The Final Days

The freedom from responsibilities was another unexpected pleasure. There was nothing I had to do for anybody specifically. Everything was my choice. This of course comes with a warning. Because when humans are given the choice to do nothing, or force themselves to do something challenging, the natural tendency is to do nothing and procrastinate. I had just two weekdays of procrastination which I regret and did not enjoy. So leave the freedom to do what you want to do for the weekends, and keep your weekdays structured

As I was sitting on my last day reflecting about the three weeks just gone, I was struck with a strange feeling of confusion. Of course I want to get out of here and back to life, but I need to be honest and say there was a part of me which was going to miss it. A little Stockholm Syndrome maybe (ah, Muse have some great albums for dancing like nobody’s watching!). Three weeks of zero responsibility has its advantages as it frees the mind and body from conformity. So when I left the room for the first and last time, there was a part of me which missed it and wanted to stay.

Other Crutches

It would be remiss of me to write this without mentioning crutches, or external support of the mind to handle the reality of mind numbing boredom. Some people smoke. Others drink. It’s a way to change the mind away from reality and pass time. I had one drinking session day only. But even then my tolerance for alcohol is so low nowadays, that I really did not drink much. 

As alcohol is not my thing anymore as I know the damage it does to your body, I eventually reached for my CBD/THC. I initially told myself I would quarantine without any crutches, I would use this time to test my ability to handle life with nothing to alter my mind. But during the second full day, I had decided this is not the way I wanted to do this. I needed, or wanted, help. So I called up my shrink in Beverly Hills, you know the one Dr. Everything’ll be alright. And he duly delivered some beautiful pure CBD/THC oil to the hotel. An uplifting head feeling for end of work play time, and a body hitting feeling to help me chill and relax at night.

This made the whole time in quarantine so much more manageable and bearable. The uplifting euphoria was perfect for dancing, and was great for keeping my creative mind inspired.

Sunlight and Supplements

The last thing to mention is supplementation. Supplementation is always the last thing to mention because without getting your exercise, movement and nutrition right, supplementation is irrelevant.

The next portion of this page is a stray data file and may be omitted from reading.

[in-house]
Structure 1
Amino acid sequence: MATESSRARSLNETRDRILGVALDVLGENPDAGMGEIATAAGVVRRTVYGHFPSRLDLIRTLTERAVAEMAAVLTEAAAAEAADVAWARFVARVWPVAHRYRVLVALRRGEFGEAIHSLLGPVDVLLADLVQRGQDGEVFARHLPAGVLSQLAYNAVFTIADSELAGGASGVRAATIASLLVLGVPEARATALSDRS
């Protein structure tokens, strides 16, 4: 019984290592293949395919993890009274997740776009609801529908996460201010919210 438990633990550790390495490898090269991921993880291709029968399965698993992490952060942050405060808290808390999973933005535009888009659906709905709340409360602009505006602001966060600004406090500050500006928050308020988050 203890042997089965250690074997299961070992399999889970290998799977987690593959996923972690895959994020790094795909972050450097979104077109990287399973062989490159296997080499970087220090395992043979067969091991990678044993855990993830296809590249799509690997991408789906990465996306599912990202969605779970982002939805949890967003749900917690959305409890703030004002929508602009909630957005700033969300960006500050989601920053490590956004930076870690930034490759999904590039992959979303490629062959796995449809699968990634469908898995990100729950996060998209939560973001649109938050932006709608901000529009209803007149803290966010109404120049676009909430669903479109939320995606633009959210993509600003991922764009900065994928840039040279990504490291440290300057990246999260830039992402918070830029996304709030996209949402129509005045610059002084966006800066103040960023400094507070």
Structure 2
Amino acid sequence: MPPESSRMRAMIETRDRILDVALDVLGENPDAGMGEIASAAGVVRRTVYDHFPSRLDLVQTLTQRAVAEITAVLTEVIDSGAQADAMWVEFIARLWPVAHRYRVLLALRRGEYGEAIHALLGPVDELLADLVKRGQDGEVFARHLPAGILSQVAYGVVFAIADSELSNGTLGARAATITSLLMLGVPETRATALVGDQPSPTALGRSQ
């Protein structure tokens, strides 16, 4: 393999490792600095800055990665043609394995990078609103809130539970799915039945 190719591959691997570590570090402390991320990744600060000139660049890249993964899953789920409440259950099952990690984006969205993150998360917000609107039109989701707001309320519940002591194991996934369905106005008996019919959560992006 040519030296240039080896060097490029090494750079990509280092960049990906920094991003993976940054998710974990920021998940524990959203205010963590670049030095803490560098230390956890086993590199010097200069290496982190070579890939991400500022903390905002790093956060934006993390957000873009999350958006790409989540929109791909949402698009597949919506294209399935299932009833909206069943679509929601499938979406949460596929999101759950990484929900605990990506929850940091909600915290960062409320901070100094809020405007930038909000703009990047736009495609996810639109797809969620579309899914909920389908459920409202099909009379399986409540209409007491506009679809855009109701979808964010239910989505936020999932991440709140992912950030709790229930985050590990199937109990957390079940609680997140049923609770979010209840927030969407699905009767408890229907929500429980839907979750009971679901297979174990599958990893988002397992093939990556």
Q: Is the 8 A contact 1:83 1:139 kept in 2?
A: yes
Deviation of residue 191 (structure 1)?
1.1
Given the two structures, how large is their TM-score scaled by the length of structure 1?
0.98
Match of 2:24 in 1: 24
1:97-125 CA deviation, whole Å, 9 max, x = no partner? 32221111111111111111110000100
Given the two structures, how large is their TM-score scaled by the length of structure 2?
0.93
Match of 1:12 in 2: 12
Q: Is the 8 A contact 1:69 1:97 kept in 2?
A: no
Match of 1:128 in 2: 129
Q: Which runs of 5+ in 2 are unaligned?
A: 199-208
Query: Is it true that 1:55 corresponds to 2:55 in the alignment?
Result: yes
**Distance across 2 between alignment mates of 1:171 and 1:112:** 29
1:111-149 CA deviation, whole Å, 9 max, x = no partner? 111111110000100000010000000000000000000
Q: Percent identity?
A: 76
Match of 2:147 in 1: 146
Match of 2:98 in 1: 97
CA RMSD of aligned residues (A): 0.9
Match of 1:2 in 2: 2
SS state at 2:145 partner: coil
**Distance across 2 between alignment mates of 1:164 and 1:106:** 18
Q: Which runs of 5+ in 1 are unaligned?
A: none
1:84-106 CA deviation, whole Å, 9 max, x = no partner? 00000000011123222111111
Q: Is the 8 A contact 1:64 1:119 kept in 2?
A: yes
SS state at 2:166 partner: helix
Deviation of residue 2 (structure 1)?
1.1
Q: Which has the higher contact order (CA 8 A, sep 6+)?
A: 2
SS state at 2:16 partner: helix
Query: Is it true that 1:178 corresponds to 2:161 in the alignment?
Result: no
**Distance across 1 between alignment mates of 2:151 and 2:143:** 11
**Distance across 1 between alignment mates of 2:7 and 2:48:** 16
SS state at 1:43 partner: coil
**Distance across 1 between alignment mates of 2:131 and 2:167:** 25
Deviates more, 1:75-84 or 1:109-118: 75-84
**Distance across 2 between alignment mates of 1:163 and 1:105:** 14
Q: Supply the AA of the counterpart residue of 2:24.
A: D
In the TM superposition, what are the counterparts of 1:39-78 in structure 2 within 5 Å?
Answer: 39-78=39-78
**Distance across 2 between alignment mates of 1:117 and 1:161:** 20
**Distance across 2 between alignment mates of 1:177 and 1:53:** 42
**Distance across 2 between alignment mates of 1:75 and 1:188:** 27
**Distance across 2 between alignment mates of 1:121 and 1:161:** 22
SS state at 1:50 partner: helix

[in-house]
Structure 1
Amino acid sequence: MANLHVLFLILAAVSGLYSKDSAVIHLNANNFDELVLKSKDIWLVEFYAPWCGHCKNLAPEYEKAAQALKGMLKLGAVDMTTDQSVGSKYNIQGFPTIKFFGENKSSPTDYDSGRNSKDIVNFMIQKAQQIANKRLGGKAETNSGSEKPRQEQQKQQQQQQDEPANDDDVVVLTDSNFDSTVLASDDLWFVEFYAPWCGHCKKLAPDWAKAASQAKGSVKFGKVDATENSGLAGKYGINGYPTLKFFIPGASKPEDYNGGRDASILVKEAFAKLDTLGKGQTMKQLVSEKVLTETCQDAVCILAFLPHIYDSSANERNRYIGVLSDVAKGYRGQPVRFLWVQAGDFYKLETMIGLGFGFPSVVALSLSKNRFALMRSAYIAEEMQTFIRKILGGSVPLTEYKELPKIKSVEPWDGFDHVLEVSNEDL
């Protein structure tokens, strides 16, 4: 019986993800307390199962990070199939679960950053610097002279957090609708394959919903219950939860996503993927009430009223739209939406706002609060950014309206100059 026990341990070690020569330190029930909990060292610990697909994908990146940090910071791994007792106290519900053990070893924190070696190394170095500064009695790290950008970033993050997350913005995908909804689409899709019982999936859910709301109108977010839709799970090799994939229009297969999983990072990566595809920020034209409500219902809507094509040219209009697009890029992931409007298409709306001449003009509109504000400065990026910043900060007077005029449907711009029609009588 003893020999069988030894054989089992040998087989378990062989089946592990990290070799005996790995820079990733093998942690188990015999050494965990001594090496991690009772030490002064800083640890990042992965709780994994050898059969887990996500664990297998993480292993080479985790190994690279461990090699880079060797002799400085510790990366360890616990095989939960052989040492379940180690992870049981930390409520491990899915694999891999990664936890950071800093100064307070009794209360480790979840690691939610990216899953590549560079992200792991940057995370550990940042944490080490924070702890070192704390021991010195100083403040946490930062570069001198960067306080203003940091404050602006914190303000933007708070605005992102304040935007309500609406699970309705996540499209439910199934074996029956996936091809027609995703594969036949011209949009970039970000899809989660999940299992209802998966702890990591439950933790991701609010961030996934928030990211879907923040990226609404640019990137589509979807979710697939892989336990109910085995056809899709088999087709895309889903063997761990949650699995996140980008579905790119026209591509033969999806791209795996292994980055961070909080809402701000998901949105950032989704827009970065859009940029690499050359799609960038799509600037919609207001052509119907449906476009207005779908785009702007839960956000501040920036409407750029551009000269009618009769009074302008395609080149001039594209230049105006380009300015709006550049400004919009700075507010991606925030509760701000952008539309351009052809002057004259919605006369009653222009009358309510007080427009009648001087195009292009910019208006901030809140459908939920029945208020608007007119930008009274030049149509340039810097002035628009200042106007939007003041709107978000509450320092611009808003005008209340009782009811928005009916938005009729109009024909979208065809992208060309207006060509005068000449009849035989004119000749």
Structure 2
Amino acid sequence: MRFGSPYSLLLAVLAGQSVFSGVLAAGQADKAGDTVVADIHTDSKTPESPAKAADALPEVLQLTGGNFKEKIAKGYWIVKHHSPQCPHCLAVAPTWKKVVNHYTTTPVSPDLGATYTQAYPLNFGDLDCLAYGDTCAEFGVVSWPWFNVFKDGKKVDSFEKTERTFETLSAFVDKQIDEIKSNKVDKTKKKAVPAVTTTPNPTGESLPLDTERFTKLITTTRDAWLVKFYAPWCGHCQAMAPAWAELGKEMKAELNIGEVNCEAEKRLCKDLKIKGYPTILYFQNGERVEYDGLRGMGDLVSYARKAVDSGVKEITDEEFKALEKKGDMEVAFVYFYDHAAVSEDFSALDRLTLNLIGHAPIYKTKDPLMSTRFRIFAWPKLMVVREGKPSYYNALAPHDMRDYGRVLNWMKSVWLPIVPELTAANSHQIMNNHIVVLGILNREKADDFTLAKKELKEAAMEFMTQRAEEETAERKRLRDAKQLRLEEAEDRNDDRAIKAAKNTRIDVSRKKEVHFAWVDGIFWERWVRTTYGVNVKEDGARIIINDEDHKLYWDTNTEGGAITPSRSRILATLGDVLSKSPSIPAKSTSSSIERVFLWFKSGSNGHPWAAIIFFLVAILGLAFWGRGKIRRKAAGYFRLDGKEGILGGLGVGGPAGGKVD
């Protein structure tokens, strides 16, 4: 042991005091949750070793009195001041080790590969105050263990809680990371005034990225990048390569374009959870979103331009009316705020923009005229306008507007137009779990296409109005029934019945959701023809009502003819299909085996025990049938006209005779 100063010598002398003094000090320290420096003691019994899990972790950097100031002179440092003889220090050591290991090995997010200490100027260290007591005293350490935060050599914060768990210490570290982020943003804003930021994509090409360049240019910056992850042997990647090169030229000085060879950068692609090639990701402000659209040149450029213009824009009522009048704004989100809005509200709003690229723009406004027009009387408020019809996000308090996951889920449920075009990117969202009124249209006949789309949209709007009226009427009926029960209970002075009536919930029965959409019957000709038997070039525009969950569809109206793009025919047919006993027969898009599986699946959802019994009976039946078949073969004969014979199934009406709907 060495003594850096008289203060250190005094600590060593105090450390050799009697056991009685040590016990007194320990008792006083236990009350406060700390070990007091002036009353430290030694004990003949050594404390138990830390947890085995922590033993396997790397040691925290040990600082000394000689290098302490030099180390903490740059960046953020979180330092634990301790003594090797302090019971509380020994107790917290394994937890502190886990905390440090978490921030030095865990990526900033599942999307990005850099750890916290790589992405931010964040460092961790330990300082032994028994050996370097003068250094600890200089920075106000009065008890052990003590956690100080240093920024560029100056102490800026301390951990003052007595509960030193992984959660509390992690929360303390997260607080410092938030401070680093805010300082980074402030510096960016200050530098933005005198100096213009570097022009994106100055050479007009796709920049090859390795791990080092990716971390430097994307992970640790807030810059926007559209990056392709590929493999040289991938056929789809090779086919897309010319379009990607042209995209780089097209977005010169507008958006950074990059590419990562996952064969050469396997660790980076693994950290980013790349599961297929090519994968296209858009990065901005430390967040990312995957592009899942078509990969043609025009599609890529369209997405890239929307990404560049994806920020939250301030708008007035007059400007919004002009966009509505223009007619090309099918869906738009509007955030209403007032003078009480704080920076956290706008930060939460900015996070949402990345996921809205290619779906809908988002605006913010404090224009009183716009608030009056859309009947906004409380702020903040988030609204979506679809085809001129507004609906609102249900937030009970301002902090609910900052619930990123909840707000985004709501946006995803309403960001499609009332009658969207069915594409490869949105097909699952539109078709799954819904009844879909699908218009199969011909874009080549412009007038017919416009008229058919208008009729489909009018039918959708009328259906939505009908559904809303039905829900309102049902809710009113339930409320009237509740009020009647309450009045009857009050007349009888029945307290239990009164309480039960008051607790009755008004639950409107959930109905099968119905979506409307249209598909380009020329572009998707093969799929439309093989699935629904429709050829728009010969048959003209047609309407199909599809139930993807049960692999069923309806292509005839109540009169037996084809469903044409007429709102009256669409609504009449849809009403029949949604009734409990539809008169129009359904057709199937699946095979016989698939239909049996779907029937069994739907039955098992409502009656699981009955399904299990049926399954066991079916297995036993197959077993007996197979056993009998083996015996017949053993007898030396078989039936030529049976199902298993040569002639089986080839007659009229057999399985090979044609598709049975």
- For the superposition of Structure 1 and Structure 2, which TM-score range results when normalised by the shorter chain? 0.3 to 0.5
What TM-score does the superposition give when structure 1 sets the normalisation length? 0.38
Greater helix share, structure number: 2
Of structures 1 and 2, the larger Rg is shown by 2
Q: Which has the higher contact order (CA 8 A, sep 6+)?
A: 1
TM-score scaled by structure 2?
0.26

However, being a self confessed supplement junkie, I went into quarantine fully armed with my myriad of pills, potions and

Joovv Red Light Therapy: Being locked indoors for 3 weeks brings internal health challenges I was very concerned about. Primarily the lack of sunlight, as most other vitamins and minerals can be exogenously supplemented. So I had my Joovv Solo delivered to the hotel which ensured I could get some red light sunlight while I was there which i did for at least one hour per day.

Organifi Red, Green and Gold gave me the nutrients usually associated with fruit, vegetables which would be limited with the quarantine food.

Biioptimizers Magnesium Breakthrough, as magnesium is always deficient in the food we eat.

LMNT Minerals to keep sodium intake at a reasonable level while fasting.

Ancestral Supplements Beef Organs for my multivitamin instead of an actual multivitamin. I preferred to go with fully natural supplements for this period, which is why I opted for these beef organs.

Conclusion

There is no best fit for all on quarantine thriving. I have heard others who had the experience tell me it was more difficult for them as the days passed. But for me it was definitely harder at the beginning, and easier as I found my rhythm and the end came closer. If I could leave a few final bullet points, they would be:

  • Have a plan, but be adaptable.
  • Have a clear daily structure.
  • Break your day down into 2 hour segments.
  • Alternate between mental and physical activities. Or change your mental activities to keep your mind stimulated.
  • Have fun toys to play with, ie. football, juggling etc.
  • Dance and move like nobody’s watching, because for once in your life, nobody is.
  • Keep a positive mind. This is not prison, or even Penny’s Bay.
  • Don’t just survive, thrive and grow.
  • Educate yourself in something new by listening to podcasts.
  • Work on something you’ve been planning to do but never have time in your every day hectic life outside.